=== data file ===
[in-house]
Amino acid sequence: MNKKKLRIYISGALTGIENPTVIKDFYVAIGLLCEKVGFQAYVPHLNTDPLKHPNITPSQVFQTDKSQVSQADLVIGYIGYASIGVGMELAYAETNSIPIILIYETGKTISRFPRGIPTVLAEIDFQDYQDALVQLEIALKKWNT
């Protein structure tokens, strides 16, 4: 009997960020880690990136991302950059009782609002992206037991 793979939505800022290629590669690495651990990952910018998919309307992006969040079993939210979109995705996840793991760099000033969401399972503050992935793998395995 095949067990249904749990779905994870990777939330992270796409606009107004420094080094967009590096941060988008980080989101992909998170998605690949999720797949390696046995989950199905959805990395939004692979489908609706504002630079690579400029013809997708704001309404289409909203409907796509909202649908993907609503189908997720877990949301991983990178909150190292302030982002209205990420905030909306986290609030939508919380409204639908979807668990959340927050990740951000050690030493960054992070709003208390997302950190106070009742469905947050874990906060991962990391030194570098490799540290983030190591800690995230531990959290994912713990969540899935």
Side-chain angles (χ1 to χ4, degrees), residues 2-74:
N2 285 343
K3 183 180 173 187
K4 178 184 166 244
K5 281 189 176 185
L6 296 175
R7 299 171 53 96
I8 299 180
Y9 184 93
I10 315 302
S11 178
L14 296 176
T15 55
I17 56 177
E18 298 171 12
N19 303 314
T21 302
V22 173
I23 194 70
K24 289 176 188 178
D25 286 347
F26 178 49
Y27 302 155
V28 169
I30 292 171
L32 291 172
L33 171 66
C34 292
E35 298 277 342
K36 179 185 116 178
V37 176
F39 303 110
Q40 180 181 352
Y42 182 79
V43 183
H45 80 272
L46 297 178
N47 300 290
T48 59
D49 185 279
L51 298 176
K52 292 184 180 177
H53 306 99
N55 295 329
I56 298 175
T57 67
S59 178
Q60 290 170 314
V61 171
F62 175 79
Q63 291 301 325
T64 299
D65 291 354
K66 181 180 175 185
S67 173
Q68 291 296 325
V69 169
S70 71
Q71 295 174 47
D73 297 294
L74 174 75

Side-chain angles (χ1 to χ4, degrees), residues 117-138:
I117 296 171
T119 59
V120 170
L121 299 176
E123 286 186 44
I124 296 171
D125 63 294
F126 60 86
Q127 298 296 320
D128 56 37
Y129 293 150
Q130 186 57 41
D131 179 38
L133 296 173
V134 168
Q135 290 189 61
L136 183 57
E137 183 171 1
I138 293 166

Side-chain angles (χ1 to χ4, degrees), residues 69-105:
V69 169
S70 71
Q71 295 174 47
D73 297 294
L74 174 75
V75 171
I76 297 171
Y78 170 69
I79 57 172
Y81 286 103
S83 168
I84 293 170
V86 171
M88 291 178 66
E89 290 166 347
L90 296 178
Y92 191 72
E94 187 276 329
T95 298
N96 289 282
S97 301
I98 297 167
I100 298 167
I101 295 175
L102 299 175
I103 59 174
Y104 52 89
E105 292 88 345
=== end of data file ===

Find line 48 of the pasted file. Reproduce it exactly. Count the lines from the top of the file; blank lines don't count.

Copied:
I56 298 175